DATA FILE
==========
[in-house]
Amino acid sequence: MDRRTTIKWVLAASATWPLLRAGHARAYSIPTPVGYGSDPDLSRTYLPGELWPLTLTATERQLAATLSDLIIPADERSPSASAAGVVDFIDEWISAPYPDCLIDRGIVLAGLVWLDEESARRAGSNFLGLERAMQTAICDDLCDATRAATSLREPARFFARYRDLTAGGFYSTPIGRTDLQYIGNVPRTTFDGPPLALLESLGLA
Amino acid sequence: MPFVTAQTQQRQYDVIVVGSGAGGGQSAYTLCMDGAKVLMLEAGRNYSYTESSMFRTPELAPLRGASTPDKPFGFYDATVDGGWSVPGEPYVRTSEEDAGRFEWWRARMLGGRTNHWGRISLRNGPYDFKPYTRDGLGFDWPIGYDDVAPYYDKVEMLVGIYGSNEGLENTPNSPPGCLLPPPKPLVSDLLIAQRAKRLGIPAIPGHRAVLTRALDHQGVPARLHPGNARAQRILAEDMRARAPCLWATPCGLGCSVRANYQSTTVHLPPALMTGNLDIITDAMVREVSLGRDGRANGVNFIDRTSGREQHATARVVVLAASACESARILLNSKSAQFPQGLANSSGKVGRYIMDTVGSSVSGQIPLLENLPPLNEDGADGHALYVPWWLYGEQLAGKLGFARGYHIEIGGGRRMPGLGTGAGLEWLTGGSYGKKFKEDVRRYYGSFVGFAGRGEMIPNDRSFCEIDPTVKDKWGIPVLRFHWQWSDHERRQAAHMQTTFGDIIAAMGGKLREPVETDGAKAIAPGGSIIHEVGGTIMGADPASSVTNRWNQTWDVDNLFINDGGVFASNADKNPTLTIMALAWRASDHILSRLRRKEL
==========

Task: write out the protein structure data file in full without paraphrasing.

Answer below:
[in-house]
Amino acid sequence: MDRRTTIKWVLAASATWPLLRAGHARAYSIPTPVGYGSDPDLSRTYLPGELWPLTLTATERQLAATLSDLIIPADERSPSASAAGVVDFIDEWISAPYPDCLIDRGIVLAGLVWLDEESARRAGSNFLGLERAMQTAICDDLCDATRAATSLREPARFFARYRDLTAGGFYSTPIGRTDLQYIGNVPRTTFDGPPLALLESLGLA
Amino acid sequence: MPFVTAQTQQRQYDVIVVGSGAGGGQSAYTLCMDGAKVLMLEAGRNYSYTESSMFRTPELAPLRGASTPDKPFGFYDATVDGGWSVPGEPYVRTSEEDAGRFEWWRARMLGGRTNHWGRISLRNGPYDFKPYTRDGLGFDWPIGYDDVAPYYDKVEMLVGIYGSNEGLENTPNSPPGCLLPPPKPLVSDLLIAQRAKRLGIPAIPGHRAVLTRALDHQGVPARLHPGNARAQRILAEDMRARAPCLWATPCGLGCSVRANYQSTTVHLPPALMTGNLDIITDAMVREVSLGRDGRANGVNFIDRTSGREQHATARVVVLAASACESARILLNSKSAQFPQGLANSSGKVGRYIMDTVGSSVSGQIPLLENLPPLNEDGADGHALYVPWWLYGEQLAGKLGFARGYHIEIGGGRRMPGLGTGAGLEWLTGGSYGKKFKEDVRRYYGSFVGFAGRGEMIPNDRSFCEIDPTVKDKWGIPVLRFHWQWSDHERRQAAHMQTTFGDIIAAMGGKLREPVETDGAKAIAPGGSIIHEVGGTIMGADPASSVTNRWNQTWDVDNLFINDGGVFASNADKNPTLTIMALAWRASDHILSRLRRKEL